It’s assault. If you’re vulnerable and on your own, they could do anything to you. You feel powerless. I think it should be considered a hate crime.
Do you react or do you ignore it?
Olivia: Depends how threatening they look. Once, a guy stopped at some traffic lights, which were green, to say to myself and my friends, “Are you off to a Halloween party?” To which I replied, “Yeah, I’m dressed as your mum.” There were three other men in the van. It was scary but I thought it’s not like they’re going to get out the car and chase me down the road. If someone says something in the street then I usually ignore them.
Joe: Yeah, it depends whether I’m on my own or if they’re on their own. If what they’ve said is particularly ridiculous, I’ve shouted back and tried to publicly humiliate them by pointing it out to everyone around me.
At the end of the day, you won’t change that person’s opinion by retaliating. It comes down to education. If there was a bigger emphasis on learning to respect people regardless of how they chose to express themselves or their sexual orientation, religion, then things might change.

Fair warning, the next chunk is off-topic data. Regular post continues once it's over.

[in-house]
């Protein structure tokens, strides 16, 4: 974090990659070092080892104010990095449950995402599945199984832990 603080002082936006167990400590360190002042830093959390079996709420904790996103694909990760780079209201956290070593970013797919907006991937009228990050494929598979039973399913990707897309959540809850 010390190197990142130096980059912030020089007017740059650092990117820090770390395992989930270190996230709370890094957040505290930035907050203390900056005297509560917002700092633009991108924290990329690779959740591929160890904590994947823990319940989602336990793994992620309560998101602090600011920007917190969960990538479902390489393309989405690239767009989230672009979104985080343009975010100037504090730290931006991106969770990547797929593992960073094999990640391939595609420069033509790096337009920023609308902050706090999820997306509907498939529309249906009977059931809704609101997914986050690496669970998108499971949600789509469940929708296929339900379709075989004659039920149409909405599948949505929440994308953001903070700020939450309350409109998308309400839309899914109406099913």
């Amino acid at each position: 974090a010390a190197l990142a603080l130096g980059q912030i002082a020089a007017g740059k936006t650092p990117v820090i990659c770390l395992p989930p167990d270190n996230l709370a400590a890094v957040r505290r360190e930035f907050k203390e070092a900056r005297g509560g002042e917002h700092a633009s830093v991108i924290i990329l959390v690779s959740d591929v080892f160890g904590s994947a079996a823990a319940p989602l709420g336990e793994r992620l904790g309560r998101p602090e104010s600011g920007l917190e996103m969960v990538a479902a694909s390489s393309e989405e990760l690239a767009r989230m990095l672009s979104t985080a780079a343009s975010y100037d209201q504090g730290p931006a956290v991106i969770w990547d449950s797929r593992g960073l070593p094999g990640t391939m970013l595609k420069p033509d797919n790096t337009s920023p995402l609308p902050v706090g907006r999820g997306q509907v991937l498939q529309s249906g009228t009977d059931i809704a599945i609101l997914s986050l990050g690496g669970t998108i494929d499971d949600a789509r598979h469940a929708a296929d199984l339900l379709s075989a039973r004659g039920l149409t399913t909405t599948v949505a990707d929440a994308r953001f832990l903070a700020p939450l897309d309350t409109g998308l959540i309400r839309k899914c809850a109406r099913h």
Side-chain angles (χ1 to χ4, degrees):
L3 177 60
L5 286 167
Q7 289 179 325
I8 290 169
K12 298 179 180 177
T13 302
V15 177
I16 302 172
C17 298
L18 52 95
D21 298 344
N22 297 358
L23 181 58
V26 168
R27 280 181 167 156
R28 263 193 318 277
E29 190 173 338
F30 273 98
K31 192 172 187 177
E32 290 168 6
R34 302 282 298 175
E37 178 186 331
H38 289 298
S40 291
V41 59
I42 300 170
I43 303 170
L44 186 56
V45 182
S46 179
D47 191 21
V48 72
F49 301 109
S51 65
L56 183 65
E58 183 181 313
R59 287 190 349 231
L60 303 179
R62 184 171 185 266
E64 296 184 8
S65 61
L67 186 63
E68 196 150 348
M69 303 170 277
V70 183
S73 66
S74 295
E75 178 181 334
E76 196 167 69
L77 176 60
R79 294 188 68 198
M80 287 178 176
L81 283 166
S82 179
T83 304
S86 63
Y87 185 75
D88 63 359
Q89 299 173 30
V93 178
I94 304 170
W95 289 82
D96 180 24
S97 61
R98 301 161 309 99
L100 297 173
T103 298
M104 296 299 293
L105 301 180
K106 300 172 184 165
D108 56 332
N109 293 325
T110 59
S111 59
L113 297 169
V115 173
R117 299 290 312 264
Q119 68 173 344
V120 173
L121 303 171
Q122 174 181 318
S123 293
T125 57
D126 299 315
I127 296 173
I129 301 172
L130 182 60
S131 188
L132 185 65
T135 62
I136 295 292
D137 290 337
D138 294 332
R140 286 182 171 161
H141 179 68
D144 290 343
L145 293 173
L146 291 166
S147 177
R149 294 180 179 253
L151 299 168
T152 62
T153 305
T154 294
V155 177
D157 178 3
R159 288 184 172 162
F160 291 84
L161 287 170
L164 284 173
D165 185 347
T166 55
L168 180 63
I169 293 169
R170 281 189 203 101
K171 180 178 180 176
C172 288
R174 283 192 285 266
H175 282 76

I think the most important thing is defiance and refusing to apologise or agreeing to dress differently. If, one day, someone does attack me – god forbid – then I’d rather look nice for it and die looking bougie.
Scroll down to find out what’s behind the lyrics of Olivia’s new song, ‘Halloween’, available to listen on Soundcloud.
Hover over the lyrics in bold to read what Olivia had to say about the writing of the song.
‘Halloween’ by Olivia BrowseWon’t you laugh at my expense
Won’t you laugh in my direction
‘Cause I needed your approval
When we start looking so unusual
And always got something to say
Local jester, you impress her
Trick or treat
When you’re on Manchester streets
Trick or treat
Won’t you help me decorate
Where you can get away with it
Where I can get away with it
Where we can get away with it
Michelle Obama: Jester, you’ve done it again
Constantly raising the bar for the circus
And doing it foolishly